BPA has been in news headlines in the most recent years posing a concern for parents. Recently, Canada became the first country to declare BPA as toxic.

What is BPA?

Bisphenol-A, or BPA, is a compound commonly used in the making of polycarbonate (PC) plastic and epoxy resins. Polycarbonate plastic is desirable for its tough, heat resistant, and lightweight properties. Epoxy lining properties are tough, adhesive, formable and chemical resistant, preventing canned goods from leaking and bacteria from entering.

There has been a lot of research and studies on the effects of BPA exposure. BPA has been found to be an endocrine disruptor by mimicking estrogen. This can cause cancer, early puberty, obesity, and causes a range of adverse effects including behavioral, reproductive (including miscarriages and infertility), and developmental problems.  

Who is at risk?

BPA poses great danger to women of childbearing age, infants, and children. Those at greatest risk of BPA exposure are infants and children, because they are taking in a greater amount of fluid and food per body weight than the average adult. Exposure is also increased due to hand to mouth activity.

BPA is metabolized in the liver by glucuronidation, forming a metabolite which is excreted through urine. The glucuronidation process becomes well developed when the infant becomes 2 to 3 months of age. For that reason, it is especially important to eliminate BPA exposure for newborns. If they are exposed to BPA, they have no way to clear it out of their system, resulting in the concentrations of BPA to be 11 times higher in a newborn infant than adults given the same weighted-dose.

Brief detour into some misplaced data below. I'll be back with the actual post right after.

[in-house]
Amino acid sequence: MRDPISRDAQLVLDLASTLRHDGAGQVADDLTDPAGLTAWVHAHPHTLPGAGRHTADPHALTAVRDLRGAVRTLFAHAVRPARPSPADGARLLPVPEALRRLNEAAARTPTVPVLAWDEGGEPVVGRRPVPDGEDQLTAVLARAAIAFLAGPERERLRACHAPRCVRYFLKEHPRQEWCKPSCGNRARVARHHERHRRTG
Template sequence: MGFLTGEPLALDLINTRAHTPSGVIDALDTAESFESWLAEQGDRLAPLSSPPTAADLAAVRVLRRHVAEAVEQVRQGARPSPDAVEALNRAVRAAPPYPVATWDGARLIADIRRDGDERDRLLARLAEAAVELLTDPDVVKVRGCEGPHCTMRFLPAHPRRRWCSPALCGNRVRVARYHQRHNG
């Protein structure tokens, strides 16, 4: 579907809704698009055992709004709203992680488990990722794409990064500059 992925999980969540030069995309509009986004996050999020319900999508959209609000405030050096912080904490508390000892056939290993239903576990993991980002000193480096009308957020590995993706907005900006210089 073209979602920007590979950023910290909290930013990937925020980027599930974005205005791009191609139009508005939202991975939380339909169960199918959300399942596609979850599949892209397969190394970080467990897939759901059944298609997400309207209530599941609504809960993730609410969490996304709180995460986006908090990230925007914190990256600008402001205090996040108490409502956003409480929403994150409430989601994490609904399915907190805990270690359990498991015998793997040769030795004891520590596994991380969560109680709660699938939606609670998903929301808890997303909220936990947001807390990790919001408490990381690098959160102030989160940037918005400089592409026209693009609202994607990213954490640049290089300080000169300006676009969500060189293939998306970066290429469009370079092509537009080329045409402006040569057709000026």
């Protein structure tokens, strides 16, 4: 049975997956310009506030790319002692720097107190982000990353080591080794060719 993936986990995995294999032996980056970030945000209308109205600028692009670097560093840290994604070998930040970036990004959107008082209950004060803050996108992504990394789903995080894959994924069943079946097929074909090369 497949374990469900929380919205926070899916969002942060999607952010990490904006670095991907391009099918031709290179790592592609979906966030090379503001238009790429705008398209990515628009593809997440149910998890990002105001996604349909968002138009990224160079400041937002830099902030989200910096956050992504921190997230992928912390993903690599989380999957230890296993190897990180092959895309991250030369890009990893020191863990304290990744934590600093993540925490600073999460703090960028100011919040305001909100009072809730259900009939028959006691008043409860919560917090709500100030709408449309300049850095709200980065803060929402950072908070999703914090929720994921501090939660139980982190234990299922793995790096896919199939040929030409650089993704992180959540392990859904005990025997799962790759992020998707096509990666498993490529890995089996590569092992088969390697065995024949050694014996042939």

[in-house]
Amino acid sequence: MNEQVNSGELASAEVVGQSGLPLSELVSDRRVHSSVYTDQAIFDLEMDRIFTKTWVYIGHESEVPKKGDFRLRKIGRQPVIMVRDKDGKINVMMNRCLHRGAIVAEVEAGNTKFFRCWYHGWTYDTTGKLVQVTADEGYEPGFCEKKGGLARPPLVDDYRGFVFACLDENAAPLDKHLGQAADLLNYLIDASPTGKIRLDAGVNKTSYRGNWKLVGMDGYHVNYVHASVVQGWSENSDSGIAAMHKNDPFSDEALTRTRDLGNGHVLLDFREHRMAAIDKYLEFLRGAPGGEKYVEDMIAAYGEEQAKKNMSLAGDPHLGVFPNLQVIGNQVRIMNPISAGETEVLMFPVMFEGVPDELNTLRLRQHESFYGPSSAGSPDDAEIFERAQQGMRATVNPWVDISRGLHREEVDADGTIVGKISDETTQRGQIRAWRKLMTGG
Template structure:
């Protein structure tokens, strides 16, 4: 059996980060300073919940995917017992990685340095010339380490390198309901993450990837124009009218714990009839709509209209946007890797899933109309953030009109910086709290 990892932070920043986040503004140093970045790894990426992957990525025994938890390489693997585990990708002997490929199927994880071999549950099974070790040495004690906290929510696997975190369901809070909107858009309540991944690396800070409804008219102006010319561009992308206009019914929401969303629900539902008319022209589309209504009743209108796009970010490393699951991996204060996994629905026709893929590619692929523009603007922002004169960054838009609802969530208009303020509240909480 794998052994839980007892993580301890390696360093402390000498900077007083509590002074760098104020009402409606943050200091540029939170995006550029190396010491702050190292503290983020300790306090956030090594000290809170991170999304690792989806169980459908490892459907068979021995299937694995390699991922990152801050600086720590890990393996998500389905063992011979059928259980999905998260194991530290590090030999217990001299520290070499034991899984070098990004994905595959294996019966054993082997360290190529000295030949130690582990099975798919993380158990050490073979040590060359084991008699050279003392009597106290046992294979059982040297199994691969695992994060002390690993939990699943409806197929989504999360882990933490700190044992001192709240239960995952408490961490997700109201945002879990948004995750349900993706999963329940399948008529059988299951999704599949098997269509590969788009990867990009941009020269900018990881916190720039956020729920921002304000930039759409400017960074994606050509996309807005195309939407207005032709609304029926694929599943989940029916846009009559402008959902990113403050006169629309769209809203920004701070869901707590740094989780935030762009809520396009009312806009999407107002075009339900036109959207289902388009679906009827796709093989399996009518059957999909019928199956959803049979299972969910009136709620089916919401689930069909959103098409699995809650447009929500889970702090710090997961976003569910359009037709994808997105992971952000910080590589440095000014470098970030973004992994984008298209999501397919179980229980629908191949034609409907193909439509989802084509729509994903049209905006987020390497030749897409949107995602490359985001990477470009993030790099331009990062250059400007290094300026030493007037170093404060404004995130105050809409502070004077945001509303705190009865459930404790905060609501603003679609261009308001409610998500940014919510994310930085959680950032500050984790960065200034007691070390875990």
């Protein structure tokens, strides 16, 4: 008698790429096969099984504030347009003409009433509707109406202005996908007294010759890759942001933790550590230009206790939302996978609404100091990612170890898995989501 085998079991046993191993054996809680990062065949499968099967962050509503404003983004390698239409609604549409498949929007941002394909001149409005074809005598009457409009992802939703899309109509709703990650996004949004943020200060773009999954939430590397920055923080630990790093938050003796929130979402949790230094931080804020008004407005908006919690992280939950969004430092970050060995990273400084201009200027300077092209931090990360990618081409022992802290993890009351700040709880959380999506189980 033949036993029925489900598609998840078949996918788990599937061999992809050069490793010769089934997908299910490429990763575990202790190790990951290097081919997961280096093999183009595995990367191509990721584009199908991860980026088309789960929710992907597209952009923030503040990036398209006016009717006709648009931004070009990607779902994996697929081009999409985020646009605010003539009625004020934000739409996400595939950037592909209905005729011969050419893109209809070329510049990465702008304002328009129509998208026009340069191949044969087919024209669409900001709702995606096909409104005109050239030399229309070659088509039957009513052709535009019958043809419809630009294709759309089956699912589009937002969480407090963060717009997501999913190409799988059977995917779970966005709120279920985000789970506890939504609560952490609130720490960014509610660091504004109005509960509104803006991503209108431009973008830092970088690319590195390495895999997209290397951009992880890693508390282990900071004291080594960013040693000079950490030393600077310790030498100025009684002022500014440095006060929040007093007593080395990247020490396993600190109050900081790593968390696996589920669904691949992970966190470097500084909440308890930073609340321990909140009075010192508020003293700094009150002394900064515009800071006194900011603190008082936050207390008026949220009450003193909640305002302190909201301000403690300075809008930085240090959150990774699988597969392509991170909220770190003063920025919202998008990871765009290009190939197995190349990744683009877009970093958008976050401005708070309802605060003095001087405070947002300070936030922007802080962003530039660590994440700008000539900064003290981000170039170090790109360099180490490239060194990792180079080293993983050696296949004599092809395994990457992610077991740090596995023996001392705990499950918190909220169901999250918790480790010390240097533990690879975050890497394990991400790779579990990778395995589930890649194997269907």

It has been shown that BPA can enter into an unborn fetus by crossing the placenta of the child bearing mother. BPA can also be passed on through breast milk.  

Where is BPA found?

Below are lists of some common items that may contain BPA.
    Baby Products
  • Liquid infant formula cans
  • Food storage containers
  • Toys
  • Baby bottles (plastic)
    Other
  • Paper receipts (Carbon-less paper)
  • Lining of canned foods
  • Water bottles – 3 or 5 gallon refillable water bottles (typically used in water coolers)
  • Dental sealants  

How can we decrease our exposure to BPA?

  • Try to avoid plastic altogether. Use stainless steel without a lining or glass instead.
  • BPA free plastic exists - make sure that baby bottles and refillable water bottles are BPA free. We offer a selection of BPA free plastic bottles.
  • Switch to powdered infant formula. Liquid infant formula containers may have a BPA lining.
  • Look at the recycling number inside the chasing arrow on the bottom of containers. BPA- free containers are marked with #1, #2, #4, and #5. Polycarbonate is labeled with the #7. The #7 is also categorized as “other” which may or may not contain BPA.
  • Avoid storing or microwaving foods in plastic containers (try to switch to glass containers or BPA free containers instead)
  • Avoid canned foods unless they specify that the cans do not have BPA in them. (Check out which canned foods do not have BPA) Side Note: There is more of a nutritional value when choosing fresh or frozen foods instead.
  • Trash receipts and wash hands thoroughly before handling foods.